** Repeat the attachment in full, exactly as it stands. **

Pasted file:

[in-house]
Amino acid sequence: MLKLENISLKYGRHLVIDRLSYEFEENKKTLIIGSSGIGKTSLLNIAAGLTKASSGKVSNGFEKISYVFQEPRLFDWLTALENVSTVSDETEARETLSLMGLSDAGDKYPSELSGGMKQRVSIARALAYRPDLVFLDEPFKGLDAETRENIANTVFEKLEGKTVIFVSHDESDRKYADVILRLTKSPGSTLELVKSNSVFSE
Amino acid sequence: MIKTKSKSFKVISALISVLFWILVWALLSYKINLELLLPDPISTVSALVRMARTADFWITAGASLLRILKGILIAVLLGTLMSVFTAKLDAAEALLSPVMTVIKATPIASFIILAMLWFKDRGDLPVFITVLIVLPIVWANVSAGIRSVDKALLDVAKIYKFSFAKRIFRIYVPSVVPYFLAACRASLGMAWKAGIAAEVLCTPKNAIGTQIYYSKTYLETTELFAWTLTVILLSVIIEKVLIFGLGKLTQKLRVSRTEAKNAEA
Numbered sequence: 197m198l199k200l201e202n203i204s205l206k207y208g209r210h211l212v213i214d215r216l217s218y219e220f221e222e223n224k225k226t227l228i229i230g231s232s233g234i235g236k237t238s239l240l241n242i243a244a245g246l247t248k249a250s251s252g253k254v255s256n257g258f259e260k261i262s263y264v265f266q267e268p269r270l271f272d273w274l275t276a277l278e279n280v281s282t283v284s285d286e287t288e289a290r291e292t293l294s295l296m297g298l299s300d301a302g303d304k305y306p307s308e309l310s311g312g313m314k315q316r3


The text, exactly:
[in-house]
Amino acid sequence: MLKLENISLKYGRHLVIDRLSYEFEENKKTLIIGSSGIGKTSLLNIAAGLTKASSGKVSNGFEKISYVFQEPRLFDWLTALENVSTVSDETEARETLSLMGLSDAGDKYPSELSGGMKQRVSIARALAYRPDLVFLDEPFKGLDAETRENIANTVFEKLEGKTVIFVSHDESDRKYADVILRLTKSPGSTLELVKSNSVFSE
Amino acid sequence: MIKTKSKSFKVISALISVLFWILVWALLSYKINLELLLPDPISTVSALVRMARTADFWITAGASLLRILKGILIAVLLGTLMSVFTAKLDAAEALLSPVMTVIKATPIASFIILAMLWFKDRGDLPVFITVLIVLPIVWANVSAGIRSVDKALLDVAKIYKFSFAKRIFRIYVPSVVPYFLAACRASLGMAWKAGIAAEVLCTPKNAIGTQIYYSKTYLETTELFAWTLTVILLSVIIEKVLIFGLGKLTQKLRVSRTEAKNAEA
Numbered sequence: 197m198l199k200l201e202n203i204s205l206k207y208g209r210h211l212v213i214d215r216l217s218y219e220f221e222e223n224k225k226t227l228i229i230g231s232s233g234i235g236k237t238s239l240l241n242i243a244a245g246l247t248k249a250s251s252g253k254v255s256n257g258f259e260k261i262s263y264v265f266q267e268p269r270l271f272d273w274l275t276a277l278e279n280v281s282t283v284s285d286e287t288e289a290r291e292t293l294s295l296m297g298l299s300d301a302g303d304k305y306p307s308e309l310s311g312g313m314k315q316r3